Their conduct suggests that they see less cost in challenging the United States and fewer rewards for acting as a partner. These calculations stem from two dangerous perceptions.

First, they see American decline and decadence. In their view, the United States is on the wrong side of history, holding on to ties with Europe and parts of Asia, while losing economic leverage and moral authority in the rest of the world. American disengagement from Iraq and Afghanistan without victory contributes to a related impression that America’s unquestioned military superiority isn’t worth much in terms of achieving policy objectives on the ground.

Second, many Russian and Chinese elites consider American foreign policy objectives fundamentally hostile to their vital interests. Neither group views American democracy promotion as reflecting any genuine commitment to freedom; instead, both perceive it as a selective crusade to undermine governments that are hostile to the United States or too powerful for its comfort.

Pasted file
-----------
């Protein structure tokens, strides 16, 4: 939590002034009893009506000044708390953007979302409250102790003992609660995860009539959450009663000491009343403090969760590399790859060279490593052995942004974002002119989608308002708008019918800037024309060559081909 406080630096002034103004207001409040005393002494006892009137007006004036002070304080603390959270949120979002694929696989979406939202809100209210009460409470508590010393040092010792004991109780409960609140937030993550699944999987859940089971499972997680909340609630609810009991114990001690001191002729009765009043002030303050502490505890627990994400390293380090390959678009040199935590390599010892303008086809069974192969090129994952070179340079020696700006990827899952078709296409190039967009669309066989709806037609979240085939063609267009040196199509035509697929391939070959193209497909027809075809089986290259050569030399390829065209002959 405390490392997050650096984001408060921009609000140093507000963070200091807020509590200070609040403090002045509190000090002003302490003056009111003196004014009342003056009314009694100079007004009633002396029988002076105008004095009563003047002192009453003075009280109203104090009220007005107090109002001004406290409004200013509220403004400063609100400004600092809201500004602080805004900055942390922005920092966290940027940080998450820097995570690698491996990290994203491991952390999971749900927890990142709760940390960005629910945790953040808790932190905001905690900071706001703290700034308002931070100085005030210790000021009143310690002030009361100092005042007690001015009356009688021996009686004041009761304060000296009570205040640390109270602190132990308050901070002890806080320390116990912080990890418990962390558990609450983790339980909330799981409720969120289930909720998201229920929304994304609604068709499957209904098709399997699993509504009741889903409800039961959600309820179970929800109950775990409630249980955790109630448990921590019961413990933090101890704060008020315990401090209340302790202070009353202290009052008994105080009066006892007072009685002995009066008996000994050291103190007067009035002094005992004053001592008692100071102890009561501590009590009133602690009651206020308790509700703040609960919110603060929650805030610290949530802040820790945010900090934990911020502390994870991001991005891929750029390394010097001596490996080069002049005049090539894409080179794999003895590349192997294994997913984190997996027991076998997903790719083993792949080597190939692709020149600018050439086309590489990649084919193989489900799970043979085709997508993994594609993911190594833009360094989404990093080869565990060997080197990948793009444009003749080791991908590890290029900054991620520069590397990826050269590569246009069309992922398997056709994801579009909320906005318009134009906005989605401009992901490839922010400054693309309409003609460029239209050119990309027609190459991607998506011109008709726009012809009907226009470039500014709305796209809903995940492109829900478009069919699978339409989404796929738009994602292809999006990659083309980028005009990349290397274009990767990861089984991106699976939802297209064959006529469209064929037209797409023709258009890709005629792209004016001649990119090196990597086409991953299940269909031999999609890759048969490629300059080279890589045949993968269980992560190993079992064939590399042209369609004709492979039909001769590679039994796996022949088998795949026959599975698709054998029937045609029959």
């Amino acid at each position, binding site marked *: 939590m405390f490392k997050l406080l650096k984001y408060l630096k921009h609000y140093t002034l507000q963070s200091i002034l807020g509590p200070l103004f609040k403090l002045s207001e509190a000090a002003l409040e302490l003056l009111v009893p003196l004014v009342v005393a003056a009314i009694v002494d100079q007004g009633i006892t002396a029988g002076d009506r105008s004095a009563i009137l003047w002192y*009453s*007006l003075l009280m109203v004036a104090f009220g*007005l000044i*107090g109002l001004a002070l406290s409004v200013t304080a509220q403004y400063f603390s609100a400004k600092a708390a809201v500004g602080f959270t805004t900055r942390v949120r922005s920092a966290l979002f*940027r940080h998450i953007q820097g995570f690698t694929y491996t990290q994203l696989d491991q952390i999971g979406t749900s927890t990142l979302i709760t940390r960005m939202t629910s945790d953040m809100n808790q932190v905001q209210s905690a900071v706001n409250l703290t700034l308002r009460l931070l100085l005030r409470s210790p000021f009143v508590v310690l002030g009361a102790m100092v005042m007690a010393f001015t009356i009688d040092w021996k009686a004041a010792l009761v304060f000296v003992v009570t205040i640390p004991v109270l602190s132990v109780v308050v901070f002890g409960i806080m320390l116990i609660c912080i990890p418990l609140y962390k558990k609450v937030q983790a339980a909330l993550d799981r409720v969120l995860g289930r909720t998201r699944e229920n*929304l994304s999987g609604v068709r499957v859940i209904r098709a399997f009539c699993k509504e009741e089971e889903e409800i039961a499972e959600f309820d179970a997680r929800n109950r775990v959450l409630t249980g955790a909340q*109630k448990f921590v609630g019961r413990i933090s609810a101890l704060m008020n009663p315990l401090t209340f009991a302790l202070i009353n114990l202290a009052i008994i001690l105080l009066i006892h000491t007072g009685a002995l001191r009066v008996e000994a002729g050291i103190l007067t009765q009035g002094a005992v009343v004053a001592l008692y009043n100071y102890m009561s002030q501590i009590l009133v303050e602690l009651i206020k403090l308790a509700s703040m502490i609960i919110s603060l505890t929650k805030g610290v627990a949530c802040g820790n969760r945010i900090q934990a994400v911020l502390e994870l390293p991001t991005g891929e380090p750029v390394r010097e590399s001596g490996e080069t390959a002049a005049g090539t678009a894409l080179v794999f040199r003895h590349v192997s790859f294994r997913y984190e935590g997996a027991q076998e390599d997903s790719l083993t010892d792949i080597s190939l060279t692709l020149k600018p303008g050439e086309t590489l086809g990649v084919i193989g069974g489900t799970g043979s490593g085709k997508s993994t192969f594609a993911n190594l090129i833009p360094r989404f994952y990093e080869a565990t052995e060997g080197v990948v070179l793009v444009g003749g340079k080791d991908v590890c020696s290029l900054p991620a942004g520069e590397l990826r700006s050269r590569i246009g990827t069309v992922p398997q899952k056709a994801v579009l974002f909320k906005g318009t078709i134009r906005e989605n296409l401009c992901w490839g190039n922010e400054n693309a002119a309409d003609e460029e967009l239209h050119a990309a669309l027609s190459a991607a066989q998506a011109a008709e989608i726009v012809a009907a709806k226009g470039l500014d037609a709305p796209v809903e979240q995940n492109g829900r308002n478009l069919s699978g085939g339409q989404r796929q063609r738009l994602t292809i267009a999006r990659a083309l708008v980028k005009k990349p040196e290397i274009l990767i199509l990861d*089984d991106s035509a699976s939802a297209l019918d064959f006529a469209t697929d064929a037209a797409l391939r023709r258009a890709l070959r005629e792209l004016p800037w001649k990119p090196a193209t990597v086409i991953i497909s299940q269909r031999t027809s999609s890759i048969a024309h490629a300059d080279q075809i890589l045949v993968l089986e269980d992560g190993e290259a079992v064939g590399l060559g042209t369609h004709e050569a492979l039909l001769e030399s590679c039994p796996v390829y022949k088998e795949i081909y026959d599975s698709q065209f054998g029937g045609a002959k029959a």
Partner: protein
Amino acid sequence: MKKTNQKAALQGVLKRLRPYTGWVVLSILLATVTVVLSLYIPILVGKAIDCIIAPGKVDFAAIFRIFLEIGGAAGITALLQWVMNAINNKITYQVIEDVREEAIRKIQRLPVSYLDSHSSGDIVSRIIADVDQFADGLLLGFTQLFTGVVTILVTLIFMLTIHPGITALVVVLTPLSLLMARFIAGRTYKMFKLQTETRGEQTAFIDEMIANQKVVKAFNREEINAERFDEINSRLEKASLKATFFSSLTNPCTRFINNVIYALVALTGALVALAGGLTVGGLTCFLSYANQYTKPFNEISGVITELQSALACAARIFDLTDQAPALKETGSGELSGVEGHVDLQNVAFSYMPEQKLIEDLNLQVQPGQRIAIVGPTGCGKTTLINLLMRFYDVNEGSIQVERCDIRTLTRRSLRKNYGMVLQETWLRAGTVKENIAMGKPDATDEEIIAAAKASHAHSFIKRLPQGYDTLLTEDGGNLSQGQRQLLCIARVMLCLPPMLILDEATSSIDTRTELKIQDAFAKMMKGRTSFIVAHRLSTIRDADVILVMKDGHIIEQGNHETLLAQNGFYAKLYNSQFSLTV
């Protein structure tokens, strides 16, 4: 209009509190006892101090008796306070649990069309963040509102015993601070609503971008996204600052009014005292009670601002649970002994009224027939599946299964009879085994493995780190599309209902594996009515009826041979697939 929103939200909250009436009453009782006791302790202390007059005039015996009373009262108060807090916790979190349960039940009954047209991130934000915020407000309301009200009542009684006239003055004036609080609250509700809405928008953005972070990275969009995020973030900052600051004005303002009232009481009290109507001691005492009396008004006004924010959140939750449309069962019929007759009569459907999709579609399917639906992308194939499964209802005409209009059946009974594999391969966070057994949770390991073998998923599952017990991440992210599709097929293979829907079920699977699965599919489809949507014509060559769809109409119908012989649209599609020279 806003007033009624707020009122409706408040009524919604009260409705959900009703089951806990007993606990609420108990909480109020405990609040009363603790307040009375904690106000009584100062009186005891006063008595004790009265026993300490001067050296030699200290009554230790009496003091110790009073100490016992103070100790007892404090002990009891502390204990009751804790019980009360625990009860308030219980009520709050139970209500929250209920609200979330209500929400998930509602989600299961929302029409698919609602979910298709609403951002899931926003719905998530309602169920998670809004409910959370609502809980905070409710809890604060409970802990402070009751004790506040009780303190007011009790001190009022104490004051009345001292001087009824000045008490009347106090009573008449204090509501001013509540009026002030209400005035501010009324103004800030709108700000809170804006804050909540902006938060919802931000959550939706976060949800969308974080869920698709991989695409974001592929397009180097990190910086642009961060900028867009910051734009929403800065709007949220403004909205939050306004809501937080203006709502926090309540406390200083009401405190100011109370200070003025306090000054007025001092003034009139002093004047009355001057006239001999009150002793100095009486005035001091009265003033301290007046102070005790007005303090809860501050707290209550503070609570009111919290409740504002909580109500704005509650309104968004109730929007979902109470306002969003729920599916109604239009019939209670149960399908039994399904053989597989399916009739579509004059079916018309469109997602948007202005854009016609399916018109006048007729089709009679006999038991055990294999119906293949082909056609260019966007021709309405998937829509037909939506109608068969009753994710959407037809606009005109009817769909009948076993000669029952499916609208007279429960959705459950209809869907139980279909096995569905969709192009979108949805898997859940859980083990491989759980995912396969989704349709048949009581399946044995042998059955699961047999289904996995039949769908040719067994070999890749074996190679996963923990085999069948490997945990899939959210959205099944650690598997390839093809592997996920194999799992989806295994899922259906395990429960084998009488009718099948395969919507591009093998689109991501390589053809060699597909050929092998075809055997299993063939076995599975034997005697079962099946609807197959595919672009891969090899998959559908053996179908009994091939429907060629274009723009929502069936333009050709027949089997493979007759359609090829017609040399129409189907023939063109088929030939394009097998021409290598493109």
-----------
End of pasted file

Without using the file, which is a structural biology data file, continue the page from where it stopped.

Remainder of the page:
Meanwhile, Russian and Chinese leaders make clear that Washington’s support for their neighbors in practically every dispute involving Beijing or Moscow is less a matter of respect for international law than a form of dual containment that seeks to curtail the regional and global influence of these two major powers.